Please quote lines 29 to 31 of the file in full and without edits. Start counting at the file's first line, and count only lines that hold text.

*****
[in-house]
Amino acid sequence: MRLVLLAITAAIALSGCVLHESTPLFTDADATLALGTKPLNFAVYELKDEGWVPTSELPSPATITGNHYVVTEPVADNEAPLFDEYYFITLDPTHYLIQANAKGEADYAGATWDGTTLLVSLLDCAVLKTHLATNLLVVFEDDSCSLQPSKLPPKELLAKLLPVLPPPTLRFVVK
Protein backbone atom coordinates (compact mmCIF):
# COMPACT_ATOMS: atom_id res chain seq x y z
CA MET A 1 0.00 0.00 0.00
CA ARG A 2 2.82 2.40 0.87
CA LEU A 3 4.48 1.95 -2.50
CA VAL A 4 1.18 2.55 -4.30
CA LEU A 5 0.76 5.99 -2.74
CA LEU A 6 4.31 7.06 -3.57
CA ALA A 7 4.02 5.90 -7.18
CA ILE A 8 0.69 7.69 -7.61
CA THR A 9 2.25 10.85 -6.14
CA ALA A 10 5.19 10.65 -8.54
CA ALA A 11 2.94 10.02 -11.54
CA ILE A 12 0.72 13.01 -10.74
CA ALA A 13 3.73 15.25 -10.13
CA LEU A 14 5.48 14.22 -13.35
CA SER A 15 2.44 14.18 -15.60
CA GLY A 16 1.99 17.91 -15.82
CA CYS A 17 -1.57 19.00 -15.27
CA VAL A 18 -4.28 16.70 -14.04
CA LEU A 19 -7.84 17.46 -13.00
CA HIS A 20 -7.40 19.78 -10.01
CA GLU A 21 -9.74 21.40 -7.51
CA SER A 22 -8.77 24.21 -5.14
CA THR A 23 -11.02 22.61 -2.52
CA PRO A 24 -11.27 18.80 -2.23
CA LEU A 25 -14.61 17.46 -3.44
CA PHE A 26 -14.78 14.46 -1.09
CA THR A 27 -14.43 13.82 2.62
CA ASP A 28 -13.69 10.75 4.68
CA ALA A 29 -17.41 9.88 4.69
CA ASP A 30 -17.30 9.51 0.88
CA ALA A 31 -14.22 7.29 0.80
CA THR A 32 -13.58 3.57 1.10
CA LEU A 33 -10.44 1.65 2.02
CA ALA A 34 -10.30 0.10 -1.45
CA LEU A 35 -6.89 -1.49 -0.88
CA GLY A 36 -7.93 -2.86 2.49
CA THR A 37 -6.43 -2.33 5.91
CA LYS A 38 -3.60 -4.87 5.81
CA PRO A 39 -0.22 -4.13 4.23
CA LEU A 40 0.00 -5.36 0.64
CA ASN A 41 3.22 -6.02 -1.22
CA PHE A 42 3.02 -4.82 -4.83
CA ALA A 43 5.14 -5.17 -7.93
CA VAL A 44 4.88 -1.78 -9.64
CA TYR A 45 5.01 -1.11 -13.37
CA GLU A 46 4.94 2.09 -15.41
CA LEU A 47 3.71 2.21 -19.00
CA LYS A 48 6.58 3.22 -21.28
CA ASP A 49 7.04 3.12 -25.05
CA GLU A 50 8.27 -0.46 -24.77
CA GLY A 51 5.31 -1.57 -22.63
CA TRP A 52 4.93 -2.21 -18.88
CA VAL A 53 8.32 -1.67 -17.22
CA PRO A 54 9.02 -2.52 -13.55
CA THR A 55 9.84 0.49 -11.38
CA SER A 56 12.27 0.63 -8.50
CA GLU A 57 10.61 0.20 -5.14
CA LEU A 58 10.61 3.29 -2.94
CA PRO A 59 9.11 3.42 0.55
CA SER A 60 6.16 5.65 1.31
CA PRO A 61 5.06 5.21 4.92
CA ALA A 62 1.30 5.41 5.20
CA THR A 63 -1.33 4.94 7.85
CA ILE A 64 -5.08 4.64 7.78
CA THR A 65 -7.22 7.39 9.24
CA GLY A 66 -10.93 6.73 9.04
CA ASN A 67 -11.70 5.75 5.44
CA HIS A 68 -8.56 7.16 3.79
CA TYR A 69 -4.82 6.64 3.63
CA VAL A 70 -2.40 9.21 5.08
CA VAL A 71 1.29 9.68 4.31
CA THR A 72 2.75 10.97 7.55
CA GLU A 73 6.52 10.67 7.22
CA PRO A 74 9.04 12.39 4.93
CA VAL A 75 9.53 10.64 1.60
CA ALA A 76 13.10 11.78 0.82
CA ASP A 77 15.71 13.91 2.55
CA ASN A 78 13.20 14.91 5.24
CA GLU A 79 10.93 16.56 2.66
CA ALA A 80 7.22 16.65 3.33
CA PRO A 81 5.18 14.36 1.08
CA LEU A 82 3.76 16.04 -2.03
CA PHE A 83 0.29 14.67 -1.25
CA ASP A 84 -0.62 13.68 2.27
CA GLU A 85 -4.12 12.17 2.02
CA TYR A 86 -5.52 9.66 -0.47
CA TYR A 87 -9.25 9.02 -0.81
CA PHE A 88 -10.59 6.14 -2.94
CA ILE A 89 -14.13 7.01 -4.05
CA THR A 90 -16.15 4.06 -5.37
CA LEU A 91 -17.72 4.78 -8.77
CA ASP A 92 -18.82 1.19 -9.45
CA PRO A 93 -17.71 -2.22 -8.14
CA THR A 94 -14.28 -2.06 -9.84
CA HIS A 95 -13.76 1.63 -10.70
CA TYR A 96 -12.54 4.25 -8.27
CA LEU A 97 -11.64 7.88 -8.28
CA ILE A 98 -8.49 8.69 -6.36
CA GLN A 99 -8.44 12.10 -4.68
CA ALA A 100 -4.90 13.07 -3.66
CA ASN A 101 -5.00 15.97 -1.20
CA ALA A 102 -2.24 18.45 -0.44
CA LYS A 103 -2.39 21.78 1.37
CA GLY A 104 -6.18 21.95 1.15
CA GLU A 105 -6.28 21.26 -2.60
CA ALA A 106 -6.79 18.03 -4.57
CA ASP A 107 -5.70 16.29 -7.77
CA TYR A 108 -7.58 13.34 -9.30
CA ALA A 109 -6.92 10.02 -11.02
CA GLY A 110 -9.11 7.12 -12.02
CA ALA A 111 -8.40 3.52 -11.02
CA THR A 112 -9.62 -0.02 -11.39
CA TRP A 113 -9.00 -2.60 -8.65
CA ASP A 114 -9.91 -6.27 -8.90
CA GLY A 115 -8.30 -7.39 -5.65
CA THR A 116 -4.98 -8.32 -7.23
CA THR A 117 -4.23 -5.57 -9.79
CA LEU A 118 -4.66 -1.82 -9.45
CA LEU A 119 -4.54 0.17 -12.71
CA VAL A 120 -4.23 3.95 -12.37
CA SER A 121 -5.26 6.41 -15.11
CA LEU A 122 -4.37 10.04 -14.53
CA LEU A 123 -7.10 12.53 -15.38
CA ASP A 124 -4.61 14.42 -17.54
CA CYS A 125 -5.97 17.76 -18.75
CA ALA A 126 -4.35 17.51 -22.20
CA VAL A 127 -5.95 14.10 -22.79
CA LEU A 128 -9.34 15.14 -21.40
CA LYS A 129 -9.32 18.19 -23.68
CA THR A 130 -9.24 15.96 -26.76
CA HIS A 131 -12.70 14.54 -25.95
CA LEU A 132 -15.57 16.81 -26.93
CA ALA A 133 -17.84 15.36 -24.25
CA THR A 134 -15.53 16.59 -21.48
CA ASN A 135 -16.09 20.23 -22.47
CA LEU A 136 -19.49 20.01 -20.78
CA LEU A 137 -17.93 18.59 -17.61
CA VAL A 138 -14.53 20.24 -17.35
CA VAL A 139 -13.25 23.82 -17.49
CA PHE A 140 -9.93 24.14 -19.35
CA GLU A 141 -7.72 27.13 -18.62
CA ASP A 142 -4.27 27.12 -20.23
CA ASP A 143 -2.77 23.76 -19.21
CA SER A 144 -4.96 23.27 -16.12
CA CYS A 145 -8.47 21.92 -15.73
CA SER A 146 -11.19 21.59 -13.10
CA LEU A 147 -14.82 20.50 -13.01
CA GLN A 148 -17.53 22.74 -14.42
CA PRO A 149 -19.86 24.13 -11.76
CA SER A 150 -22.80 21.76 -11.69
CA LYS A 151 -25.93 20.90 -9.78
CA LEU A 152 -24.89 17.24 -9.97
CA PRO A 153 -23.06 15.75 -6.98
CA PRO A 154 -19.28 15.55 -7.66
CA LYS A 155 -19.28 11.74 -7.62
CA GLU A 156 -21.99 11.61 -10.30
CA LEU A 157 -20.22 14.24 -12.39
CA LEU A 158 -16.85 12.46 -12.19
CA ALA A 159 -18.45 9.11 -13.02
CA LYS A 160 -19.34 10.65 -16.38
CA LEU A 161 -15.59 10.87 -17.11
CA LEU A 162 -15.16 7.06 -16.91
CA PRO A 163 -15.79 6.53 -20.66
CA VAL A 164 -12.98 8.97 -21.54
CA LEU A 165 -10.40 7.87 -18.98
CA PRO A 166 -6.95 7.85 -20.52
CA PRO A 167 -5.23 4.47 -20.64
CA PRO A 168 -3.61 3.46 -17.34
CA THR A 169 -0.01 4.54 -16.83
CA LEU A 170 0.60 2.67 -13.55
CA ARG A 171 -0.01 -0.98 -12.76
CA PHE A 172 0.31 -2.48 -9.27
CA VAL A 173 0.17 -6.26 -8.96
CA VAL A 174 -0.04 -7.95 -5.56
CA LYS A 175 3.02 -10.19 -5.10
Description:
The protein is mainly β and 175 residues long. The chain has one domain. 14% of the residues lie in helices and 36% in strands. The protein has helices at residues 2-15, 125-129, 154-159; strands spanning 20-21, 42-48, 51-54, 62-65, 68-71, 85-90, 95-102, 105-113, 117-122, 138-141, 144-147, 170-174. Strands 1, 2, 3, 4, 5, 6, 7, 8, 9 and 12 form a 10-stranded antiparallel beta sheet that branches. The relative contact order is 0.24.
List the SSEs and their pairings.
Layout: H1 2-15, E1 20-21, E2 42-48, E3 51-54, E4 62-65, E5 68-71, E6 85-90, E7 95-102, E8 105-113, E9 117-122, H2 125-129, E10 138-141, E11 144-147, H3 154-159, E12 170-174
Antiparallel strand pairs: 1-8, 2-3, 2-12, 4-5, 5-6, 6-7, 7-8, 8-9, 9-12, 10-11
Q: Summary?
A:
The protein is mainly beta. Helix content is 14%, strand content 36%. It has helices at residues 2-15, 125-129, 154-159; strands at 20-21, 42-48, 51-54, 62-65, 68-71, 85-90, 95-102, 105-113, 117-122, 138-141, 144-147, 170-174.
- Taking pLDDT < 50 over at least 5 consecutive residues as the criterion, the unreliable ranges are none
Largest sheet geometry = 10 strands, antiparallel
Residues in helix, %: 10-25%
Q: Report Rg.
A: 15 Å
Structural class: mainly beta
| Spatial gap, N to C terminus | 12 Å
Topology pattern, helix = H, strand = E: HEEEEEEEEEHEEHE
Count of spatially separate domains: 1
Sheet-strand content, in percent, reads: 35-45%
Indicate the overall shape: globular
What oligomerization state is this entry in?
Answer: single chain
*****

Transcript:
CA LEU A 25 -14.61 17.46 -3.44
CA PHE A 26 -14.78 14.46 -1.09
CA THR A 27 -14.43 13.82 2.62